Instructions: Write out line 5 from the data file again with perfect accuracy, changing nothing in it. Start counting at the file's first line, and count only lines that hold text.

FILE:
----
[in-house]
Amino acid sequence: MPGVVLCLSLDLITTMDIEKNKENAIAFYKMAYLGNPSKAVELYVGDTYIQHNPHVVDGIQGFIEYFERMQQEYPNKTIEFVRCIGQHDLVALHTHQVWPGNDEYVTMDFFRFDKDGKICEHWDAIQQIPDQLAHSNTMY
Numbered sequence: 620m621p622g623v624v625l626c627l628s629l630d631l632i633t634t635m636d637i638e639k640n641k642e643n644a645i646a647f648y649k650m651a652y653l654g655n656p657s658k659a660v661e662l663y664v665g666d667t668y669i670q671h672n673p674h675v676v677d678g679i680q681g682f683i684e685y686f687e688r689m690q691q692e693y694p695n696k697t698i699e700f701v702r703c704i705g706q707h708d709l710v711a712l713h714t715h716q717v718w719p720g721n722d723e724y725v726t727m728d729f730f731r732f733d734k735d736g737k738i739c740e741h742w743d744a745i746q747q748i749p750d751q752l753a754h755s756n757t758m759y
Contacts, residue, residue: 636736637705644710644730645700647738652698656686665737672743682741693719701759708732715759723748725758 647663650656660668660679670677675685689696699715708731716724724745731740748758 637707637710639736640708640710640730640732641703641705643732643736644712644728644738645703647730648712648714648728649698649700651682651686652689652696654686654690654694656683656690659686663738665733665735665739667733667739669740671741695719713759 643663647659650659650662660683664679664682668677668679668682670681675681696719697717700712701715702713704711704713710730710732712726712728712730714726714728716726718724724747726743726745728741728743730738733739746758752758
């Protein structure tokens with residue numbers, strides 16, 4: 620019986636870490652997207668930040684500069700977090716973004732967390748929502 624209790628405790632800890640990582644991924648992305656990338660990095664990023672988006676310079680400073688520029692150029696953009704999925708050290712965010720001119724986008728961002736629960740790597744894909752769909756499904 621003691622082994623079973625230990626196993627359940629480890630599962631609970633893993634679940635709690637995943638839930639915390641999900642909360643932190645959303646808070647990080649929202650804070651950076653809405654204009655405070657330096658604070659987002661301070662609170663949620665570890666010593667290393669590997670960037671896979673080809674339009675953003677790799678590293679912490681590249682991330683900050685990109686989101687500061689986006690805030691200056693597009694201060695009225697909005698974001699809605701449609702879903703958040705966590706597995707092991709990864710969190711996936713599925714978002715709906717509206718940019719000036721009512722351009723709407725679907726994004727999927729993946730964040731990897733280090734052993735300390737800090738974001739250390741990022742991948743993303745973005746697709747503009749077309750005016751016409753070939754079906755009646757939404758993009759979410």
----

């Protein structure tokens with residue numbers, strides 16, 4: 620019986636870490652997207668930040684500069700977090716973004732967390748929502 624209790628405790632800890640990582644991924648992305656990338660990095664990023672988006676310079680400073688520029692150029696953009704999925708050290712965010720001119724986008728961002736629960740790597744894909752769909756499904 621003691622082994623079973625230990626196993627359940629480890630599962631609970633893993634679940635709690637995943638839930639915390641999900642909360643932190645959303646808070647990080649929202650804070651950076653809405654204009655405070657330096658604070659987002661301070662609170663949620665570890666010593667290393669590997670960037671896979673080809674339009675953003677790799678590293679912490681590249682991330683900050685990109686989101687500061689986006690805030691200056693597009694201060695009225697909005698974001699809605701449609702879903703958040705966590706597995707092991709990864710969190711996936713599925714978002715709906717509206718940019719000036721009512722351009723709407725679907726994004727999927729993946730964040731990897733280090734052993735300390737800090738974001739250390741990022742991948743993303745973005746697709747503009749077309750005016751016409753070939754079906755009646757939404758993009759979410």